Hold them close

I am no longer going to number my entries in the form of chapters – I plan to write this for a long time so it seems pointless to continue to add chapters.

This entry is a little different and probably my most important one to date.  Reading, writing and learning about the calendar are all great lessons but no lesson is as important as remembering to express love and appreciation for our children. In light of the recent events in Brooklyn, it is more evident than ever that every day with our children is a blessing. As parents, celebrating  their unique qualities is the greatest gift we can give them. Nothing makes a little one feel more loved and appreciated than being able to express themselves in a safe and comfortable environment.

Giving children freedom to be themselves and to develop at their own pace are vital parts of their development. There are so many simple ways to do this; we are patient, we laugh at their jokes and stories, we let them wear mismatched and backwards clothes when they decide they want to pick out their outfits.

Sometimes, it is difficult to find the words to express these thoughts to a child. Books are a perfect solution; they give us the ability to tell our children exactly what we are feeling and teach them life long lessons. I wanted to share some of my favorite books that celebrate children’s individuality and independence.

The first selection is one I used in my classroom often and will use with my son as well. Leo the Late Bloomer by Robert Kraus is a charming tale of a tiger named Leo who is not developing at the same pace as his fellow tigers. His dad is concerned, although his mother is not. She knows that he will develop in his own time, when he is ready. Often, we expect our children to meet certain milestones at specific times and children compare themselves to each other. We must remind ourselves and them that everyone is an individual and although some later than others, they all will develop the skills they need to be successful. The goal is to be proud of who you are and not who you are supposed to be in life.

I wish I Were a Butterfly by James Howe is another book that helps demonstrate the importance of being unique.  A cricket wishes desperately he was a beautiful butterfly after being told that he is not special. He is reminded by his friend the spider that each of us are special and have a unique gift to share with the world. It is filled with beautiful illustrations that help children learn to be proud of who they are.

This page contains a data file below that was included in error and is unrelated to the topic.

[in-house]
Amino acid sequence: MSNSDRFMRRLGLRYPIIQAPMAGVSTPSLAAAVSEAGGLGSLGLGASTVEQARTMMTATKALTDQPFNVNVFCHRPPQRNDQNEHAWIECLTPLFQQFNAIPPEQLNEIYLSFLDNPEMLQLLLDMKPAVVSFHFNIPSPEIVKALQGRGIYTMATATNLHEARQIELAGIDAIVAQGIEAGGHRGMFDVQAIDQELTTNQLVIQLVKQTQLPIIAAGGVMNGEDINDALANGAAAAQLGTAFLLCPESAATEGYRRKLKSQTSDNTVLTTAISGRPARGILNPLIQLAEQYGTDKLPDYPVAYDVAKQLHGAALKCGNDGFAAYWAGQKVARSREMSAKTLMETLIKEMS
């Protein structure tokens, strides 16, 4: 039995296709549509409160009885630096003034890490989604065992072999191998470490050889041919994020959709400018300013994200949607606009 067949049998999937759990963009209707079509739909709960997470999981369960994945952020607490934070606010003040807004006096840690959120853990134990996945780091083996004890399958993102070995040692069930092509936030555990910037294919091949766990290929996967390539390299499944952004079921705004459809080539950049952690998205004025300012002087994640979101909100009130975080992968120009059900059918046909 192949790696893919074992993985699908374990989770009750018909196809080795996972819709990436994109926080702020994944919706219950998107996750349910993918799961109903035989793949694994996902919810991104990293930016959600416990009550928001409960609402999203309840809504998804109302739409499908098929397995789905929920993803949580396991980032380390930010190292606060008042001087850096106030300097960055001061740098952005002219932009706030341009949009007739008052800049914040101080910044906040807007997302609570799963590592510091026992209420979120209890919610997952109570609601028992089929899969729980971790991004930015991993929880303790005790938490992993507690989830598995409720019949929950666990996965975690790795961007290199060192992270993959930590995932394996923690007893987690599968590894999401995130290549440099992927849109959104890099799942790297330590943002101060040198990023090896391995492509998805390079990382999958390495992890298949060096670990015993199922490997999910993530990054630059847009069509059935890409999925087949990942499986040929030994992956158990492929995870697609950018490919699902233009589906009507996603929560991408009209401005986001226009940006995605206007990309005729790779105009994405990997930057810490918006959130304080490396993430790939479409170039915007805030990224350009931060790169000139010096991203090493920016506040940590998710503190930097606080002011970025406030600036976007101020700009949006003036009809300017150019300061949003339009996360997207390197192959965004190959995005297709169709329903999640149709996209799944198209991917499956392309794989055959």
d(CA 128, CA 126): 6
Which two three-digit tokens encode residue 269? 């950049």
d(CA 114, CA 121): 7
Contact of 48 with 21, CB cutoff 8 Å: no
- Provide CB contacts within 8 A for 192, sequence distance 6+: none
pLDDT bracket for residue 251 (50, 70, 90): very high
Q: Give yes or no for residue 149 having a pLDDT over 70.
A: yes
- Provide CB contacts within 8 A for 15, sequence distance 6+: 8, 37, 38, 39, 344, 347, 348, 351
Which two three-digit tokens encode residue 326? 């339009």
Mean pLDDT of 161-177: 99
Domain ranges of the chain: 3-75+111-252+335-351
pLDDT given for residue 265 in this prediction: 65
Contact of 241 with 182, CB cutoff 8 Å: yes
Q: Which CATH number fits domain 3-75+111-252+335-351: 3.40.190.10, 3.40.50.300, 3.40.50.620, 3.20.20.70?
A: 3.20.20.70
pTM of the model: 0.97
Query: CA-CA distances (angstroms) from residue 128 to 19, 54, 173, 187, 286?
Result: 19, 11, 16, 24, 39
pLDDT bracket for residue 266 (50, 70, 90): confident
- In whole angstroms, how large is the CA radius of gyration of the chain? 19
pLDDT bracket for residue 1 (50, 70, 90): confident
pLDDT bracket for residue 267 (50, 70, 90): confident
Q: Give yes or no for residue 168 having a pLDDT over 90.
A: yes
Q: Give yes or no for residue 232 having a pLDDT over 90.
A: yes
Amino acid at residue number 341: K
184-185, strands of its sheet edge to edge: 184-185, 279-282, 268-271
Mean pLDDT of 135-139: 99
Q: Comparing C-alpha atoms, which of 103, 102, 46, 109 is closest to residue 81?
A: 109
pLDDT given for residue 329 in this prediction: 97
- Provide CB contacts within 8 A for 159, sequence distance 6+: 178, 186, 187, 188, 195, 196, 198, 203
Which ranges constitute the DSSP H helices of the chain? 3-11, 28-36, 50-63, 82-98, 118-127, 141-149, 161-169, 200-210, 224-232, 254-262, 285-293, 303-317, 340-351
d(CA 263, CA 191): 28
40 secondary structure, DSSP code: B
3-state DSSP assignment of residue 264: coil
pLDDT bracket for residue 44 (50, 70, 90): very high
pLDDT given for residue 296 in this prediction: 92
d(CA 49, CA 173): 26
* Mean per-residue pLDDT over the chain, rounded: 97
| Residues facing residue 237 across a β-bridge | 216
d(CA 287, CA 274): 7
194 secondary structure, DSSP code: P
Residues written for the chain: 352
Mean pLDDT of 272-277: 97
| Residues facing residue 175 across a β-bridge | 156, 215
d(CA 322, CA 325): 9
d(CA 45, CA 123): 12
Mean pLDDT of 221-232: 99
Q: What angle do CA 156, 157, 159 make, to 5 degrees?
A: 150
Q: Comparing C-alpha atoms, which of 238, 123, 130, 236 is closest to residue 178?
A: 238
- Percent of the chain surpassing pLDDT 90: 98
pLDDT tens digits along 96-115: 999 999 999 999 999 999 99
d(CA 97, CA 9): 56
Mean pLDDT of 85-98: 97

Every person, child or adult, has days where they feel sad, frustrated or happy. Understanding what each of these feelings mean and learning how to articulate them are extremely healthy for children. Today I Feel Silly by Jamie Lee Curtis is the perfect way to explain different emotions to a child. The clever poems give children the words they often cannot find to express how they are feeling.

At the end of the day, all we wish for is that our sons and daughters know how much they are truly loved and valued. When we need help expressing this or need reinforcement, curl up in bed with your children, hold them close, read to them and end the night with an I Love You.


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  1. * Carol Berman says:

    This is such a vital message for parents, grandparents, teachers and all who come in contact with children. Books can often help express those worrisome thoughts and concerns we all have from time to time. Great suggestions!!

    | Reply Posted 6 years, 8 months ago

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